Employees in rural Nevada need support for their SUD, mental health, and overall wellness more than ever now. The good news is that Nevada employers can play a huge role in helping their employees succeed at work. There is no cost to Nevada companies or employers to become designated as a Recovery Friendly Workplace. Recovery-friendly workplaces are essential for helping rural Nevadans recover from substance use disorders and other mental health challenges, and lead productive & positive lives.
Thanks to this new initiative, rural Nevadans can now get the support they need for their SUD while on the job. Recovery-friendly workplaces are designed with the needs of employees in mind who are wellness-minded and want to navigate any problematic relationship with substances.
The Recovery Friendly Workplace (RFW) Initiative, facilitated through Foundation for Recovery, empowers employers to implement recovery-friendly practices within the workplace and provide support for employees in recovery or those impacted by SUD.
The mission of the RFW Initiative is to champion employee wellness by creating supportive and robust workplaces that further the holistic well-being of employees. They do this by proactively preventing problematic substance use and supporting recovery from addiction in the workplace and the community.
A RFW can help employees stay healthy in so many ways when it comes to addiction and mental health recovery. A supportive workplace can allow a person to work with their doctors or clinics to adjust medication dosages, offer onsite wellness activities, allow for additional time off for medical treatment, find alternative ways to manage their illness or disability, have ongoing wellness webinars or seminars, etc. Even the fact that an employer chooses to undergo training on these issues is a huge show of support for their employees. And Foundation For Recovery can pave the way for your business to become a state-designated Recovery Friendly Workplace!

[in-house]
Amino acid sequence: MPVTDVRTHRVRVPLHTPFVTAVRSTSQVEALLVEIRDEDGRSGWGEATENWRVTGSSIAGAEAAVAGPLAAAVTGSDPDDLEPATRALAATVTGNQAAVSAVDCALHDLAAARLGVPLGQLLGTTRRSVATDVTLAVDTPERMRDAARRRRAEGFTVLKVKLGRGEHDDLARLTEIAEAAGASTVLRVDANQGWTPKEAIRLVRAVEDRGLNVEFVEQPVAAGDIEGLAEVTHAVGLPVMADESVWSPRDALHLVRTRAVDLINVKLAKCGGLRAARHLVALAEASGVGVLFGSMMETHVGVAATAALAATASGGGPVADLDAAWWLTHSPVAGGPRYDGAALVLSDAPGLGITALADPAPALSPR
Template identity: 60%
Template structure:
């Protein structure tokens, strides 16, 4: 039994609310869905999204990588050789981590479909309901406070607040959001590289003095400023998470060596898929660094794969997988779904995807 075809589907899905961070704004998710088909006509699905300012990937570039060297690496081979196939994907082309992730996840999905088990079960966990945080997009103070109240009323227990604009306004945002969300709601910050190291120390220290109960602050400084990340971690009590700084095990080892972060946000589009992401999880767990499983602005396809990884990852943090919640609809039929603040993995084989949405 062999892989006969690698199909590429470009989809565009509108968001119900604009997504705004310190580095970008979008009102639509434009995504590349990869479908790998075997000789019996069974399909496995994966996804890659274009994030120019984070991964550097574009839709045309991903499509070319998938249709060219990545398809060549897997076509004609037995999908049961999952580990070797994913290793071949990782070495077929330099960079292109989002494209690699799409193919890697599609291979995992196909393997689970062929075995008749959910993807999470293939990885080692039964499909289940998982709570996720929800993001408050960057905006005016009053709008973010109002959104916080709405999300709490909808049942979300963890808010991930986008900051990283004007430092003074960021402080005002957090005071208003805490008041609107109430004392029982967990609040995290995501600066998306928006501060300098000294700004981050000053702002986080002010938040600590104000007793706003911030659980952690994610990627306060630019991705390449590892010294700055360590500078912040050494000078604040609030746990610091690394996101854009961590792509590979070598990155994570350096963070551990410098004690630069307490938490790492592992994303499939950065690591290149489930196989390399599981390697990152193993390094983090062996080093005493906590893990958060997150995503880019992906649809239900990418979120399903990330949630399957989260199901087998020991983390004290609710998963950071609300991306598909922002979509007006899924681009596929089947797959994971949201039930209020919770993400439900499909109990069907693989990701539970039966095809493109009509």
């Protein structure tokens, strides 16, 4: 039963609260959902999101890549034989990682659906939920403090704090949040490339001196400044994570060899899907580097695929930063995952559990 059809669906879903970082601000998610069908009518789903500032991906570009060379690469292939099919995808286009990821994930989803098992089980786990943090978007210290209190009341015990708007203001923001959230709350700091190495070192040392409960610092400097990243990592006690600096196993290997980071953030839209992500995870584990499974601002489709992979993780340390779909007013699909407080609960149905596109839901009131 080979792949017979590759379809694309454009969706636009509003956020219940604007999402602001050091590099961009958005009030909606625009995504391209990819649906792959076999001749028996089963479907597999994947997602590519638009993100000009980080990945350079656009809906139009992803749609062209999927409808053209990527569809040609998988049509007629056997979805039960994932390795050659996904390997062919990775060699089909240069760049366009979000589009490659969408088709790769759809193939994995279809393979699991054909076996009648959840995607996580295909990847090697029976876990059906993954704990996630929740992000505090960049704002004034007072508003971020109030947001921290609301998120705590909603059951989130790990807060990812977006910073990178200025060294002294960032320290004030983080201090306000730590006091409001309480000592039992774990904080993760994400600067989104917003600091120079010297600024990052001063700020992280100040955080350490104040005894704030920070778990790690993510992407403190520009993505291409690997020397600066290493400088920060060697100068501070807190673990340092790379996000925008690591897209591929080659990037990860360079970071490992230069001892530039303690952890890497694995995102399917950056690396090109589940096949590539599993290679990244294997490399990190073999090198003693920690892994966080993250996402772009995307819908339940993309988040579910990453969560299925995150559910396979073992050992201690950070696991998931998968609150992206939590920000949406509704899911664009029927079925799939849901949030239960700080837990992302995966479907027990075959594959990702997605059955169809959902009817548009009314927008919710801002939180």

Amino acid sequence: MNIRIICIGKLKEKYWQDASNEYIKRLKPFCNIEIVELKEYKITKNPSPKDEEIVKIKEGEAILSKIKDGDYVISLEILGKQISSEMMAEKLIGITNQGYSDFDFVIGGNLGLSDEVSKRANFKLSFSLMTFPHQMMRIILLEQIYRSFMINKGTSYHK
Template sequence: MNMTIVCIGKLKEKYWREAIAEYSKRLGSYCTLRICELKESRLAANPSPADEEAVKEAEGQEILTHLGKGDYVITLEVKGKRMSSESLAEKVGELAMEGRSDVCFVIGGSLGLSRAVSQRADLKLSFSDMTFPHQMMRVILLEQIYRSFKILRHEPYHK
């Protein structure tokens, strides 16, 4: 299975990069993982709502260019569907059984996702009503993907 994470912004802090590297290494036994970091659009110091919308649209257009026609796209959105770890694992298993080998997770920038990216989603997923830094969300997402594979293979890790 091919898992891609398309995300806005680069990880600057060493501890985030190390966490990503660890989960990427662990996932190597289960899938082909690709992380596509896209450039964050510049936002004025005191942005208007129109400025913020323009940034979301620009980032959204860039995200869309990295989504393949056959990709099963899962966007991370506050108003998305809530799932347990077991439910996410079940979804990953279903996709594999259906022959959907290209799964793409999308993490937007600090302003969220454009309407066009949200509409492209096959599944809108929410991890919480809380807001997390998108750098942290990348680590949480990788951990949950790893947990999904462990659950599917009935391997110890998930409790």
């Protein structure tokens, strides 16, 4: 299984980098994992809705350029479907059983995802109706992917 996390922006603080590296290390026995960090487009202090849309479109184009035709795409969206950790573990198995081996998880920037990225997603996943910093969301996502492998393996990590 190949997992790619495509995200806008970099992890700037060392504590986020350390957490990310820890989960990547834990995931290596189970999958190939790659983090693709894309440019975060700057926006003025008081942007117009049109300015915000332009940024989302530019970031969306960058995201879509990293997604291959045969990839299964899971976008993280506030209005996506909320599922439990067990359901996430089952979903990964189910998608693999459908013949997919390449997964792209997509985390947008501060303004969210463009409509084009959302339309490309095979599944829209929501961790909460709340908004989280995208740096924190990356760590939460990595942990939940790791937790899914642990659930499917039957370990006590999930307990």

If you are interested in becoming a Recovery Friendly Workplace in Nevada, the process is super easy and FREE. Once you submit your information, a Recovery Friendly Ambassador (RFA) will be in contact with you to walk you through the entire process. Workplaces of all sizes and readiness levels will benefit from participation in this initiative, so it doesn’t matter if you have 3 employees or 3,000!
Resources that you will receive as a RFW include customized training, access to recovery resources, life-saving harm reduction items, and individualized support.
In addition, all RFW businesses get priority treatment when it comes to workforce placement, through the Initiative’s partnership with the State Division of Welfare & Supportive Services. If your business is experiencing high turnover or if you’re looking to hire, the RFW can connect you with our partners at DWSS to find the perfect team member from their pool of jobseekers. Your company will also have the opportunity to engage in ongoing recovery-friendly culture practices and activities and receive ongoing support from your RFA and Foundation for Recovery.
Learn more about how to become a Recovery-Friendly Workplace today!